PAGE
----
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(Correction: Because of a reporting error, a capsule review in Sunday's Books section of ''Girls of Tender Age" at one point characterizes the story as crime fiction. The writer meant to suggest the book, which is a memoir, reads as well as fiction.)

Girls of Tender Age: A Memoir
By Mary-Ann Tirone Smith
Free Press, 288 pp., illustrated, $24

''Denial is my family's religion, my brother Tyler, our god, and the Reverend Dr. Peale our pastor," reports Mary-Ann Tirone Smith, attempting to describe her own childhood confusion. Growing up in the 1950s in a working-class Italian-Catholic family in Hartford, she is trained in silence, obedience, piety.

Silence is enforced in the household because noise of any kind sends older brother Tyler, suffering from a then-unnamed disorder (autism), into paroxysms of rage and self-destruction. Despite innumerable rules and constraints, Smith finds much joy in her extended family and their rituals: celebratory meals, summers at the shore, stories and songs. Then, when she is in fifth grade, one of her classmates is murdered just a few houses away from her own. The murder of an 11-year-old girl, who is discovered strangled and without her panties, is too scandalous to be spoken of. No one offers Smith an explanation, counseling, or comfort. She is left alone to make sense of the event. She represses it along with a chunk of her childhood.

This beautiful memoir succeeds not only in recovering the author's past, but also in uncovering and ordering the few sordid facts of the crime and creating a narrative where one was not allowed to exist. As an additional reward, the tale is its own riveting and suspenseful piece of crime fiction.

The Thin Place
By Kathryn Davis
Little, Brown, 277 pp., $23.95

In Varennes, a small town in upstate New York, miracles abound. A man found cold and dead on a beach is revived by a young girl. A chocolate Lab, the sweetest of dogs, is shot dead killing chickens, but hours later his gunshot wound is healed. A lavender-dyed chick ready to be thrown in the garbage suddenly opens its eyes, fluffs up its feathers, and cheeps. Between the living and the dead, as between human and animal, and animal and plant, distinctions are blurred. The human point of view is shared by dogs, cats, and even plants. ''In terms of its consciousness, corn isn't particularly evolved, endlessly preening itself for having once been used as legal tender. . . . Like most feed crops it's fascist at heart."

The many characters, including three closely linked little girls, are secondary to the larger theme of connection sketched by Kathryn Davis. This is a deeply religious book in its way. The natural world is full of wonder and terror. Human beings squander the abundant resources at their disposal and treat other human beings as if they were not human. The last scene of the novel takes place in church on Pentecost, the holiday that celebrates the story ''about what made a human life not just meat but something better, something capable of not just eating or being eaten. And it was also a story about what it took for a human being not to see other human beings as meat." During the Pentecost service, when an unknown man takes a local woman hostage, holding a knife to her throat, another woman in the congregation responds instinctively, sinking ''her teeth into the tender flesh of the calf of the man" and stabbing him in the heart. In this situation man is just meat.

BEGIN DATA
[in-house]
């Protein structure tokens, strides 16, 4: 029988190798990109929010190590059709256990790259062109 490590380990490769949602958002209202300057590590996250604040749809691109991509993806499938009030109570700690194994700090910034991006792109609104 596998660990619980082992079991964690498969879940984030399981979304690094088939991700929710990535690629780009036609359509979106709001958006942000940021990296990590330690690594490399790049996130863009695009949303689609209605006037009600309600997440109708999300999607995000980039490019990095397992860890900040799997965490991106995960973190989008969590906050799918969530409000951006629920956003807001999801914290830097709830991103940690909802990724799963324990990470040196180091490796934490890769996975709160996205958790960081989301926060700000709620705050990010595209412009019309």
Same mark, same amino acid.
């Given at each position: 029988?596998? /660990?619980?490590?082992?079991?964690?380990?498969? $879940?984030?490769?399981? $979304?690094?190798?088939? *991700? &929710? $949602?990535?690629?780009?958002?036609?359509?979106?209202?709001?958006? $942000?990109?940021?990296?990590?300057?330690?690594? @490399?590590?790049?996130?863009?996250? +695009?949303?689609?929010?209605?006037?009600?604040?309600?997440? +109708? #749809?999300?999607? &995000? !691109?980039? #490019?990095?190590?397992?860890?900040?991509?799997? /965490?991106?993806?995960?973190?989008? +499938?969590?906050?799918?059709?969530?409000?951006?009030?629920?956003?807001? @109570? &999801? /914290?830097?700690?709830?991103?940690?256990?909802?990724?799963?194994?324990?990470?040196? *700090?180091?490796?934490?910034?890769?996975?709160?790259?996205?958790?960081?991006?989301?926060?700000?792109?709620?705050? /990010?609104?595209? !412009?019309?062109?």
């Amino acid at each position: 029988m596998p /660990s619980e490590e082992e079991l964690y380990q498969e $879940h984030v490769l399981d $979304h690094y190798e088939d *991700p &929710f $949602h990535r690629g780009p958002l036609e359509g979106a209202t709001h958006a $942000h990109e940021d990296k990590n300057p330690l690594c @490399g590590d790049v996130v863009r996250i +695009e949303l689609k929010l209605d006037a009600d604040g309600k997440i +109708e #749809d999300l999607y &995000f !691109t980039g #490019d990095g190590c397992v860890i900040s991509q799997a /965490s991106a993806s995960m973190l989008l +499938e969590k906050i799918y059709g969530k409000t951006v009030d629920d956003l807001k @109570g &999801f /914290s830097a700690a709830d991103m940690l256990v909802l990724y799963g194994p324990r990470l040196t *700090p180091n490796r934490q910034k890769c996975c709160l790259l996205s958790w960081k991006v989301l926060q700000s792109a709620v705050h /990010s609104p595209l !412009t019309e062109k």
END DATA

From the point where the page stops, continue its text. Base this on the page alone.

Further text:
You're Wearing That?: Understanding Mothers and Daughters in ConversationBy Deborah Tannen
Random House, 272 pp., $24.95

There is very little news here. Still, it is helpful to hear again how fraught the relationship between mothers and grown daughters is. Daughters feel criticized by mothers and thus pull away. Mothers feel everything they say is interpreted as criticism and rendered harmful rather than helpful. They feel shut out. The big three areas of criticism are hair, weight, and clothes.

The pattern, according to Deborah Tannen, goes like this: Daughters wishing to connect to their mothers reveal personal, often troubling information. Mothers wishing to protect their daughters offer advice. Daughters, believing their mothers have expressed disapproval, then retreat, filled with regret for having initiated the conversation. Mothers feel bewildered and hurt. Why does this continue to matter so much? Because mothers are the mirror daughters see themselves in, as children and as adults. A mother's judgment, positive or negative, remains forever, even after her death. Daughters desire intimacy but also desire independence. The two seem almost impossible to reconcile.

Tannen describes this pattern over and over again with slight variation. Were I her mother, I would suggest that she might have considered submitting this work as a magazine article rather than a full-length book. And also, I would ask, did you choose the picture for the jacket?

Barbara Fisher is a freelance critic who lives in New York.

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